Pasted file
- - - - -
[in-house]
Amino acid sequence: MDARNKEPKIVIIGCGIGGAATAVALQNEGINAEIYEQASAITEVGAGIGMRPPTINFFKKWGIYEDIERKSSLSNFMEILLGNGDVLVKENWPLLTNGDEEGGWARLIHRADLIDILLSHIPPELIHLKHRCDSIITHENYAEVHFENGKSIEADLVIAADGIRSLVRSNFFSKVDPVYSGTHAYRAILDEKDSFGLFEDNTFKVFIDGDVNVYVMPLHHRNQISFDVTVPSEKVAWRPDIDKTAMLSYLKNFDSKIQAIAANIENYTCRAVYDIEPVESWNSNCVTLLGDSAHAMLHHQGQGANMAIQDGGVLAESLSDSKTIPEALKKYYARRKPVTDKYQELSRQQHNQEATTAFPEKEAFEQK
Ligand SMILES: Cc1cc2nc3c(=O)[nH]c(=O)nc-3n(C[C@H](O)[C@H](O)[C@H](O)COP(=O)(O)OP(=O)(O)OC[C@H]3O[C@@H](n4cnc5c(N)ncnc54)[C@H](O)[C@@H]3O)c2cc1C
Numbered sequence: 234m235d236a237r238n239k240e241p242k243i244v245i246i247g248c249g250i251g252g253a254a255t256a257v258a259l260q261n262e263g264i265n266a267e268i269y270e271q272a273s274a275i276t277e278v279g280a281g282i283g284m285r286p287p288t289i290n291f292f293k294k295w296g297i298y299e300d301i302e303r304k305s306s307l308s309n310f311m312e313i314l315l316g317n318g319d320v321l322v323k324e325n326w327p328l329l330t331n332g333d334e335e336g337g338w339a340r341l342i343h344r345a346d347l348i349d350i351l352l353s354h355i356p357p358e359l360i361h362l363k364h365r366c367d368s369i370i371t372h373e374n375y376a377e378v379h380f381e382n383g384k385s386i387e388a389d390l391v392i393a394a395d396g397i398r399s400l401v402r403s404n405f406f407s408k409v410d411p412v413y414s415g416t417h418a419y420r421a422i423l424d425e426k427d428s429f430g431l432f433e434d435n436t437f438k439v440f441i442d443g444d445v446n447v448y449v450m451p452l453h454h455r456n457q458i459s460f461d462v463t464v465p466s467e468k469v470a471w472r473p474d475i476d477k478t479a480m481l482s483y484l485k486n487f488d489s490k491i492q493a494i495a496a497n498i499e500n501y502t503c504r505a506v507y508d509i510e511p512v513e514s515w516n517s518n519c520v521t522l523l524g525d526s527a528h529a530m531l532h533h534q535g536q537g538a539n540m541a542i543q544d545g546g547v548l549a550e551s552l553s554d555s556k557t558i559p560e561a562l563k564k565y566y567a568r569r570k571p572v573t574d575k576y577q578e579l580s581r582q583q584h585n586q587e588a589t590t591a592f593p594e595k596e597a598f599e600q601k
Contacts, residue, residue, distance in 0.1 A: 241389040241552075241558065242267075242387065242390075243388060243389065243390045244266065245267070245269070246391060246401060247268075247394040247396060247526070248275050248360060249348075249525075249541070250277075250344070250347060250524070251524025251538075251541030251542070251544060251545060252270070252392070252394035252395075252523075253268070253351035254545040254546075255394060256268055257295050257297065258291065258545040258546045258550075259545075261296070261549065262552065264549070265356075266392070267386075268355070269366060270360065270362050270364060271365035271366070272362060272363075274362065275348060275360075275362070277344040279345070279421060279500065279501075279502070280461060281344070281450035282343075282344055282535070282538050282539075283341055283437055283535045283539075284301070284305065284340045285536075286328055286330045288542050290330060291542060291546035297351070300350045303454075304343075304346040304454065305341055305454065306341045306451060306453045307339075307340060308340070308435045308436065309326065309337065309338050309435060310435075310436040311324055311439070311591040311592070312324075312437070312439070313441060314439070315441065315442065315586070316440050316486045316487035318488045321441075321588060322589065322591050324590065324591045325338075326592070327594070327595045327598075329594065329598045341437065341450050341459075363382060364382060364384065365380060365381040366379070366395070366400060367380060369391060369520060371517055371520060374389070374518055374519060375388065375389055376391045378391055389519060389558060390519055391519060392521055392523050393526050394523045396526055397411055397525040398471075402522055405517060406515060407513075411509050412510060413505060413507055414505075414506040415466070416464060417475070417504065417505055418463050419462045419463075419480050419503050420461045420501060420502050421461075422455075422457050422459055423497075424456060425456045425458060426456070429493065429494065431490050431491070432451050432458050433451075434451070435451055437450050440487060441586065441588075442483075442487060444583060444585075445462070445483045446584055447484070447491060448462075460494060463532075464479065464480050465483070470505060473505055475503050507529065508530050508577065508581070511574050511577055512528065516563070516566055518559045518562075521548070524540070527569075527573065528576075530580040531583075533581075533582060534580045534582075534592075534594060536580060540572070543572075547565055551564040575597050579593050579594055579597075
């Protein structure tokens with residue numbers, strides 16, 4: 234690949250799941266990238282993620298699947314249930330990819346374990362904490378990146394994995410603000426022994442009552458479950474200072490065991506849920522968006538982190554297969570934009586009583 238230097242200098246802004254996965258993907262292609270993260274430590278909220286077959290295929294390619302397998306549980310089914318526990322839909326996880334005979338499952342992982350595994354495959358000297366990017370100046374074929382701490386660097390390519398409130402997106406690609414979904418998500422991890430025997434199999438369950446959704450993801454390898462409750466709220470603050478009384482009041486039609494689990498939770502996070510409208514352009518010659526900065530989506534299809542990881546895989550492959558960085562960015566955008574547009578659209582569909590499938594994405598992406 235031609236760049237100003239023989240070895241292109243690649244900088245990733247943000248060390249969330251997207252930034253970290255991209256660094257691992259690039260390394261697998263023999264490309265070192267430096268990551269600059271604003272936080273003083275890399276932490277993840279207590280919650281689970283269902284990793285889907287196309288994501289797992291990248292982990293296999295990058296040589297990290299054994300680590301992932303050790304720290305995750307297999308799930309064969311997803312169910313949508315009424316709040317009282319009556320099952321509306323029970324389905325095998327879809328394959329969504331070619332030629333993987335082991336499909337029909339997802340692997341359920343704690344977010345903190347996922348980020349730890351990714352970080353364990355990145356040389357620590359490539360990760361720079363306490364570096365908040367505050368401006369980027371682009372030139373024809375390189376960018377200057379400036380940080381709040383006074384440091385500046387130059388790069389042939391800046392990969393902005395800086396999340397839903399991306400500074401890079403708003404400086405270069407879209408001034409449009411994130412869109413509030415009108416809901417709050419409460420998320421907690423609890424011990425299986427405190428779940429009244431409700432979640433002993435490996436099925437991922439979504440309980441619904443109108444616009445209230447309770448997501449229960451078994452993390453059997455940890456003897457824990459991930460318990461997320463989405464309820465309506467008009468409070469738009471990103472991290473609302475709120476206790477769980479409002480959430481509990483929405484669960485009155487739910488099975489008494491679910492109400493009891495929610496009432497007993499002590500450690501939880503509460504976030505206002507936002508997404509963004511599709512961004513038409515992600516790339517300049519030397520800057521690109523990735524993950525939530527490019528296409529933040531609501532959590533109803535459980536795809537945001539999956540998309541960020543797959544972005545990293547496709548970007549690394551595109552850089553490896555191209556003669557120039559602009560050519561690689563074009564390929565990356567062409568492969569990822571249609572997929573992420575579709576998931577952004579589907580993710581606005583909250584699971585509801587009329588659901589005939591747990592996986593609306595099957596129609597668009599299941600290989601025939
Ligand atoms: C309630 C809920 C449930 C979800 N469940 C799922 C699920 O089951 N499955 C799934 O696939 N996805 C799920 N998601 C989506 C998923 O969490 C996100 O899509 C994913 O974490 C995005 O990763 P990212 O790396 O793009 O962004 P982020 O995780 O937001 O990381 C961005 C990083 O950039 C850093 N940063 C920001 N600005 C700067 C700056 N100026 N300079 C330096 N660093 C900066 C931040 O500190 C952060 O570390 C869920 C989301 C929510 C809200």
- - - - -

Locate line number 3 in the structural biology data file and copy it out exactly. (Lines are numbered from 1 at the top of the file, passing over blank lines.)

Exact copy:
Ligand SMILES: Cc1cc2nc3c(=O)[nH]c(=O)nc-3n(C[C@H](O)[C@H](O)[C@H](O)COP(=O)(O)OP(=O)(O)OC[C@H]3O[C@@H](n4cnc5c(N)ncnc54)[C@H](O)[C@@H]3O)c2cc1C